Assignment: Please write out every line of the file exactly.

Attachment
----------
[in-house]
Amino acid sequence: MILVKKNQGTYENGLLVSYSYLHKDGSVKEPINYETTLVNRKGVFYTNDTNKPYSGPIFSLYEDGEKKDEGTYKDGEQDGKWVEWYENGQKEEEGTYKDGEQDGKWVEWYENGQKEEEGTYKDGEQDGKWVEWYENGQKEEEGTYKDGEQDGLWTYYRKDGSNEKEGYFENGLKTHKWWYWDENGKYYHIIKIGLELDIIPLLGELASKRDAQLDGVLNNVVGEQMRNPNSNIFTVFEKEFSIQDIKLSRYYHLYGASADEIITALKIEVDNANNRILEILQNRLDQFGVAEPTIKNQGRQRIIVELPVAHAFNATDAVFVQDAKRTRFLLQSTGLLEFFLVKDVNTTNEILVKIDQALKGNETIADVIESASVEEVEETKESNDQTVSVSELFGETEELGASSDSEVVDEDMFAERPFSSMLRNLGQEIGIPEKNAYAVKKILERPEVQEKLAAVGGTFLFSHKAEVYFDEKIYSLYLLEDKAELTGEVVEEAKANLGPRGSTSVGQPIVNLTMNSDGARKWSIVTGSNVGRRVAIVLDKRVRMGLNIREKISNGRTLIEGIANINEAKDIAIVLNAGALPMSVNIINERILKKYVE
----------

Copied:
[in-house]
Amino acid sequence: MILVKKNQGTYENGLLVSYSYLHKDGSVKEPINYETTLVNRKGVFYTNDTNKPYSGPIFSLYEDGEKKDEGTYKDGEQDGKWVEWYENGQKEEEGTYKDGEQDGKWVEWYENGQKEEEGTYKDGEQDGKWVEWYENGQKEEEGTYKDGEQDGLWTYYRKDGSNEKEGYFENGLKTHKWWYWDENGKYYHIIKIGLELDIIPLLGELASKRDAQLDGVLNNVVGEQMRNPNSNIFTVFEKEFSIQDIKLSRYYHLYGASADEIITALKIEVDNANNRILEILQNRLDQFGVAEPTIKNQGRQRIIVELPVAHAFNATDAVFVQDAKRTRFLLQSTGLLEFFLVKDVNTTNEILVKIDQALKGNETIADVIESASVEEVEETKESNDQTVSVSELFGETEELGASSDSEVVDEDMFAERPFSSMLRNLGQEIGIPEKNAYAVKKILERPEVQEKLAAVGGTFLFSHKAEVYFDEKIYSLYLLEDKAELTGEVVEEAKANLGPRGSTSVGQPIVNLTMNSDGARKWSIVTGSNVGRRVAIVLDKRVRMGLNIREKISNGRTLIEGIANINEAKDIAIVLNAGALPMSVNIINERILKKYVE